120203LancasterFeb. 3, 2012

Glenn Lancaster, a Raleigh pay-phone executive, played a key part in facilitating life-after-incarceration for both Bob Kelly and Scott Privott.

I asked Glenn to recall how he became involved in the Little Rascals case:

“I had lived in Windsor, about 20 miles west of Edenton. I knew some of the Little Rascals parents but none of the Edenton Seven.

“I hadn’t paid that much attention to the case, but the truth seemed pretty clear, especially when the prosecution couldn’t persuade even one of the seven to turn state’s evidence.

“After I moved to Cary, I saw a story about Scott in the News & Observer (in 1993). He had been in (the Chowan County) jail for more than three years with no trial in sight and a $1 million bond.

“I wrote Scott offering to send him magazines and to cover some gas money for his wife to visit, as she had moved to the Outer Banks. He put me in touch with a lady in Edenton, who told me about other supporters.

“I called Scott’s attorney and asked why he hadn’t tried to lower the bail. I told him we could cover $50,000 and I would give Scott a job and a place to live.

“When the attorney asked the judge to reduce the bond to $50,000, he agreed on the spot! Over the next few days, several people came to the Clerk of Courts office in Edenton and posted land and cash. One man from Washington, N.C., brought a $25,000 check. When it was all counted, they were still a few hundred dollars short. I was told the Clerk of Court reached into his own pocket and posted the difference.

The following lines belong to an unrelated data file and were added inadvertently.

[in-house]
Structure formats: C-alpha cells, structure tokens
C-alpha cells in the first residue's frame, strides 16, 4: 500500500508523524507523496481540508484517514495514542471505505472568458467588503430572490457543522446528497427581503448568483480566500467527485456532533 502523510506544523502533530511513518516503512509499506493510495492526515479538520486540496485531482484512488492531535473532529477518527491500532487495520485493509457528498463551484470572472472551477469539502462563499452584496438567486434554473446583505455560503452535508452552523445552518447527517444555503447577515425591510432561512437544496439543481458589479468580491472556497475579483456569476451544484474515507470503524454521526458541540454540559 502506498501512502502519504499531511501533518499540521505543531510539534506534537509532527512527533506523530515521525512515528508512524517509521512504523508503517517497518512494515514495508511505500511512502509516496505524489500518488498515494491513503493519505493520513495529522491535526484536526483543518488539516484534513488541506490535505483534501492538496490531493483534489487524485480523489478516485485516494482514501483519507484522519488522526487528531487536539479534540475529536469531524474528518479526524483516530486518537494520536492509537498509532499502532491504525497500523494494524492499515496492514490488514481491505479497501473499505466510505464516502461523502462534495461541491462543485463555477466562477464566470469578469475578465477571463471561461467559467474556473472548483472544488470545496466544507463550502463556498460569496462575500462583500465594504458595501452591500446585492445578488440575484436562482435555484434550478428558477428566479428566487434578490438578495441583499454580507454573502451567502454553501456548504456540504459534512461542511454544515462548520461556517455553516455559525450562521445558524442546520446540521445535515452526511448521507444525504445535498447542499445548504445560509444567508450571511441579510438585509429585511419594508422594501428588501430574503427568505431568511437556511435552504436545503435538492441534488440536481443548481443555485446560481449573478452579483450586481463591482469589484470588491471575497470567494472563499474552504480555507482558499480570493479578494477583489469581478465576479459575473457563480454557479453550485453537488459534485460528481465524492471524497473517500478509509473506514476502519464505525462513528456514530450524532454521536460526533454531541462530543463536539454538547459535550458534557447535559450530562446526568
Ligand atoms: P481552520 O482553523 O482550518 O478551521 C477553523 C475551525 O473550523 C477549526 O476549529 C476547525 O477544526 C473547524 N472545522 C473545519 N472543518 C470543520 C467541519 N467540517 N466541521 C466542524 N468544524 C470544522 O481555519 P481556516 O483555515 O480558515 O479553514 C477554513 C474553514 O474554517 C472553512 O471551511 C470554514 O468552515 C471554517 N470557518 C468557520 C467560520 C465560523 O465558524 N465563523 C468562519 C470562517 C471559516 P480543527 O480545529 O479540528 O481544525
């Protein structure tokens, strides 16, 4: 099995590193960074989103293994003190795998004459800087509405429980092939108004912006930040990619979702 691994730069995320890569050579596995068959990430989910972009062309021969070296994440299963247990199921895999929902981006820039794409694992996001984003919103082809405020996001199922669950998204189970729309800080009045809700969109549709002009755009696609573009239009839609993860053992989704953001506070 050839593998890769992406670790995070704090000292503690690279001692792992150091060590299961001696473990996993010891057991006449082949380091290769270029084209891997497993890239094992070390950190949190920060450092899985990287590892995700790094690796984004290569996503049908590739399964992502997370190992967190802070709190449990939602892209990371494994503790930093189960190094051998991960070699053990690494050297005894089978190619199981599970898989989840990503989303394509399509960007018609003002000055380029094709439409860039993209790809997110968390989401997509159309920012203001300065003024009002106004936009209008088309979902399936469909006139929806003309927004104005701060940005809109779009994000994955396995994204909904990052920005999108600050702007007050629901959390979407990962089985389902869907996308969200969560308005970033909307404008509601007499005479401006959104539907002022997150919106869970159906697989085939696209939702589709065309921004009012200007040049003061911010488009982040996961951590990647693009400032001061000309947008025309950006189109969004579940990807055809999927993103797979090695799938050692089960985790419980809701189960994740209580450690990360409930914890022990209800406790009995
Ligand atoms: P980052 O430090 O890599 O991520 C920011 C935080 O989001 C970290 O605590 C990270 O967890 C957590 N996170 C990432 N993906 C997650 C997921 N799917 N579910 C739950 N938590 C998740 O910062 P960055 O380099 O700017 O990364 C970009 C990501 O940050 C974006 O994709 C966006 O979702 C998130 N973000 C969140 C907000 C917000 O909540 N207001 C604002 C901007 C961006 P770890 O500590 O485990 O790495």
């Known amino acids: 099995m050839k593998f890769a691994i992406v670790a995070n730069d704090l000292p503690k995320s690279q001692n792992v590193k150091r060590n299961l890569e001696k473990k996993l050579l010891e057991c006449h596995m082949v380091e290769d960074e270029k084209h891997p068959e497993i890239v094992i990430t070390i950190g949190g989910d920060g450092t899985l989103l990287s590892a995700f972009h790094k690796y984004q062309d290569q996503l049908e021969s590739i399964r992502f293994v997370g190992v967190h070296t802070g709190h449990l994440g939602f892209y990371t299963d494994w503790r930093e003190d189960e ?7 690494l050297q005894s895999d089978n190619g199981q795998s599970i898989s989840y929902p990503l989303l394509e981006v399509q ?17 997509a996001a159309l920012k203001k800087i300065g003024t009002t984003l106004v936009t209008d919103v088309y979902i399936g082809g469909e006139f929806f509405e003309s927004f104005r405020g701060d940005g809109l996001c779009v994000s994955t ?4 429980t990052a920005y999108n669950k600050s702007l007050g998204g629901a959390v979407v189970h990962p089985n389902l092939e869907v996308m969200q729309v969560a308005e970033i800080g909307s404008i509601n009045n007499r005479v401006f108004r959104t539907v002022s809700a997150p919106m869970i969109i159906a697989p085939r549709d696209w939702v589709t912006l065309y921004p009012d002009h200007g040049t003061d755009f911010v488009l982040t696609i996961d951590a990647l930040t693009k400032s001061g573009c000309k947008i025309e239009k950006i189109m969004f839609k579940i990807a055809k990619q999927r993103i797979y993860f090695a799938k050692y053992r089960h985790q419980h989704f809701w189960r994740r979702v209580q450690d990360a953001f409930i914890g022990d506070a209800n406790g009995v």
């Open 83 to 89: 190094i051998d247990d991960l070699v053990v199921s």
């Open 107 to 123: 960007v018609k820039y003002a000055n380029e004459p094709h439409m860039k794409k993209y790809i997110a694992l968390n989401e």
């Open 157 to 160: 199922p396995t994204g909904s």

“Everyone in the jail knew Scott was innocent, and as he left jail the staff shook his hand. Scott’s wife showed up to tell him she was now living with a UPS driver and he could not come to her home. A supporter loaded up a cardboard box of Scott’s jail property – 6 or 8 paperback books, a radio and the stack of clothes his wife had brought him – and delivered him to a hotel in Cary around 5 p.m. There I met and spoke to Scott for the first time.

“When we returned to the hotel two hours later to take him to dinner, he told me he had spent most of that time standing in the shower. It was the first time in over three  years he could set his own temperature and shower as long as he chose.”